International Aspects of Separatism in Contemporary Biafra

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Abstract

In the 21st century, the world at large and Africa in particular have encountered the rise of separatism, which has become one of the major challenges to stability. In Africa, over 20 countries face separatist movements, some of which demand full secession, while the rest - greater autonomy within the existing state. Most of Africa’s secessionist projects remain insignificant in scope and ineffectual, largely due to the absence or weakness of external support for separatists and to the commitment of the international community to preserve, with rare exceptions, the territorial integrity of states. The paper analyzes the reasons for the revival of the movement for the secession of Biafra decades after the end of the civil war between the central government of Nigeria and the separatists and looks into the international aspects that could fuel the conflict and exacerbate the military-political situation in West Africa, which is already turbulent due to the activities of Boko Haram terrorist group, other Islamist groupings in the Sahel, Cameroonian separatists of Ambazonia, etc. The present paper attempts to fill the gap in Russian Africanist literature on the current situation in Biafra, which is especially urgent due to the growing threat of separatism in Africa. Employing the historical approach, the authors analyze the nature of external involvement in the 1967-1970 Nigerian conflict, as well as methods of contemporary Biafran separatists, who seek international support. The paper concludes that due to various internal circumstances, as well as the practical lack of external material assistance, the establishment of a new “Republic of Biafra” will remain a utopian project for at least a decade, although separatist sentiments is likely to spread and hinder the achievement of internal political stability in West Africa, which is ridden with an increasing number of “hot spots”.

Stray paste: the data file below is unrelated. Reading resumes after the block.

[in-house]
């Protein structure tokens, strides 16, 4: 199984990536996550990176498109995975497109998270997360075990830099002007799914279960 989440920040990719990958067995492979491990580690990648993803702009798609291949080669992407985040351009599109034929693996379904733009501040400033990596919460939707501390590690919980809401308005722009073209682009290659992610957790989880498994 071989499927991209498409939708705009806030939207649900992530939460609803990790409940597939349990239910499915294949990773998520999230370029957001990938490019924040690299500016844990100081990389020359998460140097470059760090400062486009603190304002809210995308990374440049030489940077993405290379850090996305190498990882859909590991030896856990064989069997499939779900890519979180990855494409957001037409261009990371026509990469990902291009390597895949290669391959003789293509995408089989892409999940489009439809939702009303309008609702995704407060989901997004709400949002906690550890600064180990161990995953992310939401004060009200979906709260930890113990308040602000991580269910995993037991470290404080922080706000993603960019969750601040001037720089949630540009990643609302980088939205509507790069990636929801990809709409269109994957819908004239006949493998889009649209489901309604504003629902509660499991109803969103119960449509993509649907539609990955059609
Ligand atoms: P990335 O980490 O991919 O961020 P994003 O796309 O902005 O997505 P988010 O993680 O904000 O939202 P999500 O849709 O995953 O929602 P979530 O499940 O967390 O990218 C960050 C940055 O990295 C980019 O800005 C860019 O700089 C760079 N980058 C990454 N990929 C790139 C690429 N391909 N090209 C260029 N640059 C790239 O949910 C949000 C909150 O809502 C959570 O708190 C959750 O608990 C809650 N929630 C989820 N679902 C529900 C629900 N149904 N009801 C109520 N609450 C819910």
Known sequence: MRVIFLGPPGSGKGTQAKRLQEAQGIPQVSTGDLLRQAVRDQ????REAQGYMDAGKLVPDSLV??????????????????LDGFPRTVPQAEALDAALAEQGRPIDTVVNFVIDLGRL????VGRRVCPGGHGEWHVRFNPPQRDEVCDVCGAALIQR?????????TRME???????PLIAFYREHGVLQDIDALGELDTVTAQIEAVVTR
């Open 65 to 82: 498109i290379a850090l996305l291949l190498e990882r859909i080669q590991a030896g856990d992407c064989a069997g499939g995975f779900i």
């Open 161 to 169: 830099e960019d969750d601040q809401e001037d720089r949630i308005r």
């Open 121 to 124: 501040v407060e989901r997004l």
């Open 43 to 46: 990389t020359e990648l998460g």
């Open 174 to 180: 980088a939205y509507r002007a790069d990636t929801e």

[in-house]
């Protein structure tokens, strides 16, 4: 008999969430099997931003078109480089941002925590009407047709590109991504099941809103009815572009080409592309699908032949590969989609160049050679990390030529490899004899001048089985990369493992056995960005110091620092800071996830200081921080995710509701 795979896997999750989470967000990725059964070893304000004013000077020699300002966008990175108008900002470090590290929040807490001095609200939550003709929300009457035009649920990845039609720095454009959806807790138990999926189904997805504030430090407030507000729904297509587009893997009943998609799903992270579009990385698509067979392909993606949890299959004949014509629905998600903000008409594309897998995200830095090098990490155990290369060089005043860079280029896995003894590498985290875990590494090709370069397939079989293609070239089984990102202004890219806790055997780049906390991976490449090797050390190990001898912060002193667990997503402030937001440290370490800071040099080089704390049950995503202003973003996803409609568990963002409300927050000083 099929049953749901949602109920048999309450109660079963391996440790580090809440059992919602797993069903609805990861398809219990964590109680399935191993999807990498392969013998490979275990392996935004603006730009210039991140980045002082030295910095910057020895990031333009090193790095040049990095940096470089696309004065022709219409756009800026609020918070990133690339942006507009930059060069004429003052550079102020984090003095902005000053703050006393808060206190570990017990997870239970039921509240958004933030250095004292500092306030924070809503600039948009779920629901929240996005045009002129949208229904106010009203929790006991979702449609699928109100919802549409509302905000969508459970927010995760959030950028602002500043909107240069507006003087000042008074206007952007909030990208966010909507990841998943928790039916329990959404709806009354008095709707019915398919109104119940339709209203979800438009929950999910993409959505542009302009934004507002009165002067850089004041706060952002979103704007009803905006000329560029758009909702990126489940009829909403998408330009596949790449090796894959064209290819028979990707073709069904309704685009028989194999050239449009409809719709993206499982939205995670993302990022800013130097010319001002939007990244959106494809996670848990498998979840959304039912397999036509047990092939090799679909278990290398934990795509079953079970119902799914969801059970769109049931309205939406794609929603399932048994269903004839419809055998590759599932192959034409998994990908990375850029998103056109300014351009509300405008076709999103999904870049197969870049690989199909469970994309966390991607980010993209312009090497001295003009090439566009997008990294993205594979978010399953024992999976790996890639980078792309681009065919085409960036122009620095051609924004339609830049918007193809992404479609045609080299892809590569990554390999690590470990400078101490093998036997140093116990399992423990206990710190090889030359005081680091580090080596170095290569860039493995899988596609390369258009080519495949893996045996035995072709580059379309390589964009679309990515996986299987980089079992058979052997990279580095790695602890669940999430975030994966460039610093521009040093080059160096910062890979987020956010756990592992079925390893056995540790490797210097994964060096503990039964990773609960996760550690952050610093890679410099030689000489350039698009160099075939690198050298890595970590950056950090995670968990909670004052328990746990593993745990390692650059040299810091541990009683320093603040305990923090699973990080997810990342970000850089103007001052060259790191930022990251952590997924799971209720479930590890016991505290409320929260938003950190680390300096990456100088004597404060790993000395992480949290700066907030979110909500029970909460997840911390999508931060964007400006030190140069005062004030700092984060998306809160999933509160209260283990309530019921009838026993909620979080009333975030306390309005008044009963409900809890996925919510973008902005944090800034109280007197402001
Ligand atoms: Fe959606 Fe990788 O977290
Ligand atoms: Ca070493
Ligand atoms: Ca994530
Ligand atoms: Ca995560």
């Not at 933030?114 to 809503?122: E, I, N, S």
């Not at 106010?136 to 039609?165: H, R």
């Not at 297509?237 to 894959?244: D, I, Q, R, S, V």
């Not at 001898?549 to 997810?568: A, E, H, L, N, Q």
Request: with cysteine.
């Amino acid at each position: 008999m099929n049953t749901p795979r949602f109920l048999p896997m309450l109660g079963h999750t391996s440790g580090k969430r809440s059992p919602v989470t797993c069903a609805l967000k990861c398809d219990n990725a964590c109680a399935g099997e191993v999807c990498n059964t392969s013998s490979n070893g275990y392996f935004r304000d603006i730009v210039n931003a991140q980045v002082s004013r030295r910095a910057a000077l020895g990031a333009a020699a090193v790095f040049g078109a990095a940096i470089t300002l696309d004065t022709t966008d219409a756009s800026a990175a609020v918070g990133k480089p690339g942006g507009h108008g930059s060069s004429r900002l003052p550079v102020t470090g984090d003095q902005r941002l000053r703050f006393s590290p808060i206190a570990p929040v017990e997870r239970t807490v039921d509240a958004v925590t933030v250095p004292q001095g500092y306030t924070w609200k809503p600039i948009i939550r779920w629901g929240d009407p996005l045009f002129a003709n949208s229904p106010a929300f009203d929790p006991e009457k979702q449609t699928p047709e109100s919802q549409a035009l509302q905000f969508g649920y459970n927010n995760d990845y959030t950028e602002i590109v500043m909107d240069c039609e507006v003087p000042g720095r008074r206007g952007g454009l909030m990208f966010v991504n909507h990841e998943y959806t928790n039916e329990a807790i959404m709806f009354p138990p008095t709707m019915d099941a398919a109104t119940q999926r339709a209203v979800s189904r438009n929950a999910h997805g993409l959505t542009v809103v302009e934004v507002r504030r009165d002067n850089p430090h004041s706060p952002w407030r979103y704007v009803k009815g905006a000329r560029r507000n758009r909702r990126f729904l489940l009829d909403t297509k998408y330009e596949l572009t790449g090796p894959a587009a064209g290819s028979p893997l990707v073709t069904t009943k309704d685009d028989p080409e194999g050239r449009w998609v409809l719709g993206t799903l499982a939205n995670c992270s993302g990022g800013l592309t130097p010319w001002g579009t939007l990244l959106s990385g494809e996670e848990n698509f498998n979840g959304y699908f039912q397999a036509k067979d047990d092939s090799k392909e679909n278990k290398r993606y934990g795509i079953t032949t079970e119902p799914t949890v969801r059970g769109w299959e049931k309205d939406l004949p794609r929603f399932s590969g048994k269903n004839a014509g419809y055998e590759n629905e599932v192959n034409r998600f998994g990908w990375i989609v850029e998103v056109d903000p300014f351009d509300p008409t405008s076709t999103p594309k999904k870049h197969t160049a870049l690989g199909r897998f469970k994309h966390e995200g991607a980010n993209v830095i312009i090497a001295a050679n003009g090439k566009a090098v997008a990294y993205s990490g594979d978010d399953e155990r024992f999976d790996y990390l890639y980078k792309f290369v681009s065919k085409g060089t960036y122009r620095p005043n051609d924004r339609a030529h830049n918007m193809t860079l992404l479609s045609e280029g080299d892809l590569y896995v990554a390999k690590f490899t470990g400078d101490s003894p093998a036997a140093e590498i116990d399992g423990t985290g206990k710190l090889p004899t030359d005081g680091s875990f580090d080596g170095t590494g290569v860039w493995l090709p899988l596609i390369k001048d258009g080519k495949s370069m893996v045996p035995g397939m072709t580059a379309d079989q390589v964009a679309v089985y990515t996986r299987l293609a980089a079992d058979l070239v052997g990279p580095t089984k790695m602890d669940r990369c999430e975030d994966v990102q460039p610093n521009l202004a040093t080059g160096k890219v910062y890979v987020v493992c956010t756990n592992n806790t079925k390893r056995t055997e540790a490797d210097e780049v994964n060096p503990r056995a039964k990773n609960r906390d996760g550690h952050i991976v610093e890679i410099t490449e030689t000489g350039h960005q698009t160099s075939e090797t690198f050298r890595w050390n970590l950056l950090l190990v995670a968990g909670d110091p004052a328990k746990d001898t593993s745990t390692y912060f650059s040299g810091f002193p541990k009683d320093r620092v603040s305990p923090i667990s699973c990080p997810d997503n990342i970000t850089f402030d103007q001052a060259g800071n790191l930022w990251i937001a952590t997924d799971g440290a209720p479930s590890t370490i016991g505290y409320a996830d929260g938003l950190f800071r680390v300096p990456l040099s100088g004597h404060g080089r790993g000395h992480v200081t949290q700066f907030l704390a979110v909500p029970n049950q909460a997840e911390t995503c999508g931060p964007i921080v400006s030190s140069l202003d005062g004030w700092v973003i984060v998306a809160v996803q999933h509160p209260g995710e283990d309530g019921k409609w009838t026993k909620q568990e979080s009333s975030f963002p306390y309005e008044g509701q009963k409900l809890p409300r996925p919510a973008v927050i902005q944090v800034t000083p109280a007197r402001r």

About the authors

Tatyana S. Denisova

Institute for African Studies, Russian Academy of Sciences

Author for correspondence.
Email: tsden@hotmail.com
ORCID iD: 0000-0001-6321-3503

PhD in History, Leading Research Fellow, Head, Centre for Tropical Africa

Moscow, Russia

Sergey V. Kostelyanets

Institute for African Studies, Russian Academy of Sciences; HSE University

Email: sergey.kostelyanyets@gmail.com
ORCID iD: 0000-0002-9983-9994

PhD in Political Science, Leading Research Fellow, Head, Centre for Sociological and Political Sciences Studies

Moscow, Russia

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Copyright (c) 2021 Denisova T.S., Kostelyanets S.V.

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